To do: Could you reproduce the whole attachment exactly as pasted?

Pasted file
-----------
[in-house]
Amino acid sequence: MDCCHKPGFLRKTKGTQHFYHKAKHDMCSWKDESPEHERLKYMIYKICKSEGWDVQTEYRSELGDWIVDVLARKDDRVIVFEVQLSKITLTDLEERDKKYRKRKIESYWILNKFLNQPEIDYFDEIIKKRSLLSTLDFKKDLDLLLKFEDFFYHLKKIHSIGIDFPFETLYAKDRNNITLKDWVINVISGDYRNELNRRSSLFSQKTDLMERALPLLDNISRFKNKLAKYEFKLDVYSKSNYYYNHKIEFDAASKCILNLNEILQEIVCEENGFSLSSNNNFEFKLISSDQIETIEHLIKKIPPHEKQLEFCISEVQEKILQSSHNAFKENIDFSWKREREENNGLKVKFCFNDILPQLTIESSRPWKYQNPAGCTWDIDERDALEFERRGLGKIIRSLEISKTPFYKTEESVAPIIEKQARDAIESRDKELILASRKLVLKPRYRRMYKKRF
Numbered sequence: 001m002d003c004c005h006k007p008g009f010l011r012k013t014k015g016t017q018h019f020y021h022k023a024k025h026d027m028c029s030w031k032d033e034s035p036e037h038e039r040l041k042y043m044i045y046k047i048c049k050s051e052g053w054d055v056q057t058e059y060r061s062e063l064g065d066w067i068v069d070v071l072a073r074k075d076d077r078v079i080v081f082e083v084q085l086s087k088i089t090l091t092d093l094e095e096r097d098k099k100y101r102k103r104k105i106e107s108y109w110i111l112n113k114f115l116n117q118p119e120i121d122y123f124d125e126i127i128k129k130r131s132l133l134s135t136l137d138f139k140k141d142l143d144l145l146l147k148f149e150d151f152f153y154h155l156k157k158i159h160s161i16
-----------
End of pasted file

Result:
[in-house]
Amino acid sequence: MDCCHKPGFLRKTKGTQHFYHKAKHDMCSWKDESPEHERLKYMIYKICKSEGWDVQTEYRSELGDWIVDVLARKDDRVIVFEVQLSKITLTDLEERDKKYRKRKIESYWILNKFLNQPEIDYFDEIIKKRSLLSTLDFKKDLDLLLKFEDFFYHLKKIHSIGIDFPFETLYAKDRNNITLKDWVINVISGDYRNELNRRSSLFSQKTDLMERALPLLDNISRFKNKLAKYEFKLDVYSKSNYYYNHKIEFDAASKCILNLNEILQEIVCEENGFSLSSNNNFEFKLISSDQIETIEHLIKKIPPHEKQLEFCISEVQEKILQSSHNAFKENIDFSWKREREENNGLKVKFCFNDILPQLTIESSRPWKYQNPAGCTWDIDERDALEFERRGLGKIIRSLEISKTPFYKTEESVAPIIEKQARDAIESRDKELILASRKLVLKPRYRRMYKKRF
Numbered sequence: 001m002d003c004c005h006k007p008g009f010l011r012k013t014k015g016t017q018h019f020y021h022k023a024k025h026d027m028c029s030w031k032d033e034s035p036e037h038e039r040l041k042y043m044i045y046k047i048c049k050s051e052g053w054d055v056q057t058e059y060r061s062e063l064g065d066w067i068v069d070v071l072a073r074k075d076d077r078v079i080v081f082e083v084q085l086s087k088i089t090l091t092d093l094e095e096r097d098k099k100y101r102k103r104k105i106e107s108y109w110i111l112n113k114f115l116n117q118p119e120i121d122y123f124d125e126i127i128k129k130r131s132l133l134s135t136l137d138f139k140k141d142l143d144l145l146l147k148f149e150d151f152f153y154h155l156k157k158i159h160s161i16